Kentucky Air Guard completes successful NATO exercises

  • Published
  • By 2nd Lt. James W. Killen
  • 123rd Airlift Wing Public Affairs
Airmen from the Kentucky Air National Guard's 123rd Airlift Wing successfully completed two NATO training exercises here Sept. 10, moving more than 107 tons of cargo and 300 passengers aboard two Kentucky C-130 aircraft as part of Operations Saber Junction and Steadfast Javelin II.

The 123rd joined with five other Air Guard units to play a key role in the exercises, which were designed to enhance the security of Eastern Europe, according to Col. Robert E. Culcasi, a Delaware Air National Guardsman who served as commander of the Air Guard contingent.

"Ask any one of the Army folk, (and they'll tell you) it is the Air National Guard that provided the aircraft in order to get this mission done," Culcasi said. "If they did not have Air National Guard assets on station, they would not have been able to conduct the air drops or the follow-on land missions that were scheduled for the exercise."

The 123rd completed 19 missions, flying NATO troops and cargo more than 23,000 miles while maintaining high aircraft capability rates, according to Lt. Col. Charles Hans, an aircraft commander and chief of training for Kentucky's 165th Airlift Squadron.

"Our C-130Hs performed admirably under the quick-turn conditions and the minimum number of maintainers we brought," Hans said. "That was a testament to our maintenance program and the dedication of our maintainers, who worked a 24-hour operation with a crew meant for 12-hour operations."

The maintenance crew, composed of nine Airmen from the 123rd Aircraft Maintenance Squadron, worked long hours over the course of the exercise to keep the planes flying, said Chief Master Sgt. Jeff Brown, the senior enlisted crewmember and loadmaster supervisor.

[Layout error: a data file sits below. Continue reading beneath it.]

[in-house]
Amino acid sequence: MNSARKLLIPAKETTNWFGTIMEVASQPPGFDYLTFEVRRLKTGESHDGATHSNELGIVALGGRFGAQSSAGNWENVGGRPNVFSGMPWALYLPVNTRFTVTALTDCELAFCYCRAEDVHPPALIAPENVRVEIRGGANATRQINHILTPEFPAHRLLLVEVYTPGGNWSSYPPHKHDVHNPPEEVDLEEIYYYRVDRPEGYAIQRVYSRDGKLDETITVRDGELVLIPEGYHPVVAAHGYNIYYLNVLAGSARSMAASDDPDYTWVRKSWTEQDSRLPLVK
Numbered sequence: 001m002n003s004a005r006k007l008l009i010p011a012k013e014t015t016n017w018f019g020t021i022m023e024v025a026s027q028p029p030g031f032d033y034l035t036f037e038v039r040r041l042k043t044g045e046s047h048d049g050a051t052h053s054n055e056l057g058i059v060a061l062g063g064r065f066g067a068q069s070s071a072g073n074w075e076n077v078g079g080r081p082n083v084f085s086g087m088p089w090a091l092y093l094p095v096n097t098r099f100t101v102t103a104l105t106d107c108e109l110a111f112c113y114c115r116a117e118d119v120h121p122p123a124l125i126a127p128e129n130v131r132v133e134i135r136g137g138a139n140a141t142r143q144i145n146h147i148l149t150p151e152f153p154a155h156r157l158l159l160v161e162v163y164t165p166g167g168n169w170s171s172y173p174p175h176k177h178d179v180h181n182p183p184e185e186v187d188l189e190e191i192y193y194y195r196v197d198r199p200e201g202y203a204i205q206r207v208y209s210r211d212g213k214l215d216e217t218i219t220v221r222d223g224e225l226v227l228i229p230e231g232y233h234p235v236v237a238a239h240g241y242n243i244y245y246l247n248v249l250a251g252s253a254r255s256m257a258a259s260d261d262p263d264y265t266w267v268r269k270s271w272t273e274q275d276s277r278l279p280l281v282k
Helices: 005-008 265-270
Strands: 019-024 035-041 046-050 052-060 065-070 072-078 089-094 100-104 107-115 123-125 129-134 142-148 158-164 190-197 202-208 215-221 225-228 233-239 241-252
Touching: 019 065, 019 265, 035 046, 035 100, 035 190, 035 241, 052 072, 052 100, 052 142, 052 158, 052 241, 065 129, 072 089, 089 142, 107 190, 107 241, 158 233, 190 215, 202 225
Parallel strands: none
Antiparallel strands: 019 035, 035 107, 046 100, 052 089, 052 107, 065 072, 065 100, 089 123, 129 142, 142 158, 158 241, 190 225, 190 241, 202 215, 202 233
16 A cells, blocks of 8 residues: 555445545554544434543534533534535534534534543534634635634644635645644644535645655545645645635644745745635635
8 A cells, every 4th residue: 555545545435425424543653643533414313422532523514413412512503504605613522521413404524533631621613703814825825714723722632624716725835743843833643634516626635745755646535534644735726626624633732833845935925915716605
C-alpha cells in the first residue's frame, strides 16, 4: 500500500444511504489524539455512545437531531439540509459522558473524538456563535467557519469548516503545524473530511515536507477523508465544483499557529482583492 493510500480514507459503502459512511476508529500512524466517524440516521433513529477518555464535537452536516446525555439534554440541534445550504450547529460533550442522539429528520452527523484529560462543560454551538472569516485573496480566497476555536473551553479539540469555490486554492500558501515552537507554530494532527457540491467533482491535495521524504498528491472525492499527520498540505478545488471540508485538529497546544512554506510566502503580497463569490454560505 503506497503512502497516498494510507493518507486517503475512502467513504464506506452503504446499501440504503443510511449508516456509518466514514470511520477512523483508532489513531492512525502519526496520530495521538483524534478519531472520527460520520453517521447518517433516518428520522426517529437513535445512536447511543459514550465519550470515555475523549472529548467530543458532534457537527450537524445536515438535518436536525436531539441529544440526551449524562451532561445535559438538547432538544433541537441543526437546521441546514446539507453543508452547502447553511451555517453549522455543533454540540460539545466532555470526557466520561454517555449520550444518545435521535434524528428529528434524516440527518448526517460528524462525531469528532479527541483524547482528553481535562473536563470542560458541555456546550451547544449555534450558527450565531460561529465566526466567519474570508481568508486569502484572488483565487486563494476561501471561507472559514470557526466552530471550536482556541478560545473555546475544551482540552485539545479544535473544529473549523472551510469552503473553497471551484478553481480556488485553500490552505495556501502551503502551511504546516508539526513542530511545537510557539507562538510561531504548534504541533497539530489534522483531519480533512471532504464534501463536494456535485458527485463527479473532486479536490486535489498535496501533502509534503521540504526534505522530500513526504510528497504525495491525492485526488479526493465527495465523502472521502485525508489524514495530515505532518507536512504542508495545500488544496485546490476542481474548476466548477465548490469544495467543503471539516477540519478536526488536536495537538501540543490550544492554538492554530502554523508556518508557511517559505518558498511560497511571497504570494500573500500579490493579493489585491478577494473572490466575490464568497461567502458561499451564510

"Once again maintenance and operations came together to ensure this NATO exercise was a success," he said. "With multiple units and countries participating, there were a lot of obstacles to overcome, but the dedication and professionalism of the 123rd Airlift Wing provided us a safe and successful exercise."

In addition to the maintenance effort, aircrews from the 123rd performed at an exceptional level, according Lt. Col. Catherine Newell, aircraft commander for the 165th Airlift Squadron. 

"This was a great experience for our aircrews, scaling up from our small, single-unit, local training formations to a multi-unit, international formation," Newell said. "We had a number of aircrew members who had never participated in either the planning or execution of a mission this size, and it was gratifying to them to realize that they had all the tools they needed to succeed."

Newell said the exercise was an outstanding opportunity for the Kentucky Air Guard because it added a healthy dose of realism to the unit's routine training regimen.

"The 123rd flew large formations with other Guard units through four different countries and airdropped troops from three different nations on an unfamiliar drop-zone at night," Newell said. "Everyone felt a fair amount of pressure given the international scope of the mission."

Operations Saber Junction and Steadfast Javelin II were conducted as part of Operation Atlantic Resolve, a joint commitment of NATO allies to the security of Eastern Europe. The exercises were designed to prepare U.S. troops, NATO Allies and European security partners to conduct joint, offensive, defensive and stabilization operations, and to sustain cooperative efforts with partner nations.

The Louisville, Kentucky-based 123rd Airlift Wing deployed more than 20 Airmen for the exercises, which began Aug. 31.